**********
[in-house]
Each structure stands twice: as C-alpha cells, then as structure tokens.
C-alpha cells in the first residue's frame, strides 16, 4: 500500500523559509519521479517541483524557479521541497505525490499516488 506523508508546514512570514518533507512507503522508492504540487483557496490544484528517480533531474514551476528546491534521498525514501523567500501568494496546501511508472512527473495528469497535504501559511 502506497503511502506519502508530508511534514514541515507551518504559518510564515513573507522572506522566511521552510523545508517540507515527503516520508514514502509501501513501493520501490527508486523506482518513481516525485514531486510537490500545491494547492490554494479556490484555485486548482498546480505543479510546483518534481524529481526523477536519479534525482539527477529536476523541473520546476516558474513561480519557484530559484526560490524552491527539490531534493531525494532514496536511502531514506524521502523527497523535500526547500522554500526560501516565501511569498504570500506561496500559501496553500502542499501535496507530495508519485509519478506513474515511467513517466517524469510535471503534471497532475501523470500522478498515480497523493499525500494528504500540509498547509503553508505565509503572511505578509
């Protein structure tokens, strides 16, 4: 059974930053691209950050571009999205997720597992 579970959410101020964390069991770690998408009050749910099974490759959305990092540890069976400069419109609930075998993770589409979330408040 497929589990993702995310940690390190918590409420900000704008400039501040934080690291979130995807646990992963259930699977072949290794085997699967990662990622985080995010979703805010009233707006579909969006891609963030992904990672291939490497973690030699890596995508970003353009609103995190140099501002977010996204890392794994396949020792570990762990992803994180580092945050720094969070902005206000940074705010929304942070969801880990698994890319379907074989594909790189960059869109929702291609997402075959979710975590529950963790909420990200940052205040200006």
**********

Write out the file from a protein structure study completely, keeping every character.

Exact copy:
[in-house]
Each structure stands twice: as C-alpha cells, then as structure tokens.
C-alpha cells in the first residue's frame, strides 16, 4: 500500500523559509519521479517541483524557479521541497505525490499516488 506523508508546514512570514518533507512507503522508492504540487483557496490544484528517480533531474514551476528546491534521498525514501523567500501568494496546501511508472512527473495528469497535504501559511 502506497503511502506519502508530508511534514514541515507551518504559518510564515513573507522572506522566511521552510523545508517540507515527503516520508514514502509501501513501493520501490527508486523506482518513481516525485514531486510537490500545491494547492490554494479556490484555485486548482498546480505543479510546483518534481524529481526523477536519479534525482539527477529536476523541473520546476516558474513561480519557484530559484526560490524552491527539490531534493531525494532514496536511502531514506524521502523527497523535500526547500522554500526560501516565501511569498504570500506561496500559501496553500502542499501535496507530495508519485509519478506513474515511467513517466517524469510535471503534471497532475501523470500522478498515480497523493499525500494528504500540509498547509503553508505565509503572511505578509
């Protein structure tokens, strides 16, 4: 059974930053691209950050571009999205997720597992 579970959410101020964390069991770690998408009050749910099974490759959305990092540890069976400069419109609930075998993770589409979330408040 497929589990993702995310940690390190918590409420900000704008400039501040934080690291979130995807646990992963259930699977072949290794085997699967990662990622985080995010979703805010009233707006579909969006891609963030992904990672291939490497973690030699890596995508970003353009609103995190140099501002977010996204890392794994396949020792570990762990992803994180580092945050720094969070902005206000940074705010929304942070969801880990698994890319379907074989594909790189960059869109929702291609997402075959979710975590529950963790909420990200940052205040200006």